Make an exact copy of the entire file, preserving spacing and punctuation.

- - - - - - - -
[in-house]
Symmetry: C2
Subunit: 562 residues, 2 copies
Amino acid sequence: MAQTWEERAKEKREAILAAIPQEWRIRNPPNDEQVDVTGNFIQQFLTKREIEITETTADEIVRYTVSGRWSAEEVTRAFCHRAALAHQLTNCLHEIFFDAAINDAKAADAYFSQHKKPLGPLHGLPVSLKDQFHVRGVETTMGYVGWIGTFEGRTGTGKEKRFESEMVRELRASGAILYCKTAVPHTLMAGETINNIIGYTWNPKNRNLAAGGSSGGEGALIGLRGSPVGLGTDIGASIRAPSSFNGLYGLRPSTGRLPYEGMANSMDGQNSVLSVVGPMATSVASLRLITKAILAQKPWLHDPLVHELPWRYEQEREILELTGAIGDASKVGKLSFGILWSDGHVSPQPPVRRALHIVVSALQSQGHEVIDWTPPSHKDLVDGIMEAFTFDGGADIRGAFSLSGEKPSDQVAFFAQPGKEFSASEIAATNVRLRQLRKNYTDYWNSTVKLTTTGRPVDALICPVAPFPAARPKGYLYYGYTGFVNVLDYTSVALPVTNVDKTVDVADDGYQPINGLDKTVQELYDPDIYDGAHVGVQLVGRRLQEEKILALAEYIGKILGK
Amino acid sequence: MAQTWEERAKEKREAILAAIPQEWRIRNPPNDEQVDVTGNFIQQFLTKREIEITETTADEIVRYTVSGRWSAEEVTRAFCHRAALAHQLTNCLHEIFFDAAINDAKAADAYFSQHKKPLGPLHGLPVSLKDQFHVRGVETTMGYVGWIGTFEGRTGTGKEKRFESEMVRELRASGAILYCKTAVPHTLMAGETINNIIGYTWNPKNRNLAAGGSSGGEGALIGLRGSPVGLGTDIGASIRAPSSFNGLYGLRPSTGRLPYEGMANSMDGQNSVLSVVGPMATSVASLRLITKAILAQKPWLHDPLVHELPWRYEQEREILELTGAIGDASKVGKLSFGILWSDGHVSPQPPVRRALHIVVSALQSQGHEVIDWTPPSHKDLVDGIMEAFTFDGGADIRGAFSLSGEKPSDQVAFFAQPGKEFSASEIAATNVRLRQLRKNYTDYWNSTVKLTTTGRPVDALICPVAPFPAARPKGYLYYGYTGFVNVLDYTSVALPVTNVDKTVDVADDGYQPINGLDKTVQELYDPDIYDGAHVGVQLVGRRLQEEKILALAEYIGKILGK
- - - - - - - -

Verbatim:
[in-house]
Symmetry: C2
Subunit: 562 residues, 2 copies
Amino acid sequence: MAQTWEERAKEKREAILAAIPQEWRIRNPPNDEQVDVTGNFIQQFLTKREIEITETTADEIVRYTVSGRWSAEEVTRAFCHRAALAHQLTNCLHEIFFDAAINDAKAADAYFSQHKKPLGPLHGLPVSLKDQFHVRGVETTMGYVGWIGTFEGRTGTGKEKRFESEMVRELRASGAILYCKTAVPHTLMAGETINNIIGYTWNPKNRNLAAGGSSGGEGALIGLRGSPVGLGTDIGASIRAPSSFNGLYGLRPSTGRLPYEGMANSMDGQNSVLSVVGPMATSVASLRLITKAILAQKPWLHDPLVHELPWRYEQEREILELTGAIGDASKVGKLSFGILWSDGHVSPQPPVRRALHIVVSALQSQGHEVIDWTPPSHKDLVDGIMEAFTFDGGADIRGAFSLSGEKPSDQVAFFAQPGKEFSASEIAATNVRLRQLRKNYTDYWNSTVKLTTTGRPVDALICPVAPFPAARPKGYLYYGYTGFVNVLDYTSVALPVTNVDKTVDVADDGYQPINGLDKTVQELYDPDIYDGAHVGVQLVGRRLQEEKILALAEYIGKILGK
Amino acid sequence: MAQTWEERAKEKREAILAAIPQEWRIRNPPNDEQVDVTGNFIQQFLTKREIEITETTADEIVRYTVSGRWSAEEVTRAFCHRAALAHQLTNCLHEIFFDAAINDAKAADAYFSQHKKPLGPLHGLPVSLKDQFHVRGVETTMGYVGWIGTFEGRTGTGKEKRFESEMVRELRASGAILYCKTAVPHTLMAGETINNIIGYTWNPKNRNLAAGGSSGGEGALIGLRGSPVGLGTDIGASIRAPSSFNGLYGLRPSTGRLPYEGMANSMDGQNSVLSVVGPMATSVASLRLITKAILAQKPWLHDPLVHELPWRYEQEREILELTGAIGDASKVGKLSFGILWSDGHVSPQPPVRRALHIVVSALQSQGHEVIDWTPPSHKDLVDGIMEAFTFDGGADIRGAFSLSGEKPSDQVAFFAQPGKEFSASEIAATNVRLRQLRKNYTDYWNSTVKLTTTGRPVDALICPVAPFPAARPKGYLYYGYTGFVNVLDYTSVALPVTNVDKTVDVADDGYQPINGLDKTVQELYDPDIYDGAHVGVQLVGRRLQEEKILALAEYIGKILGK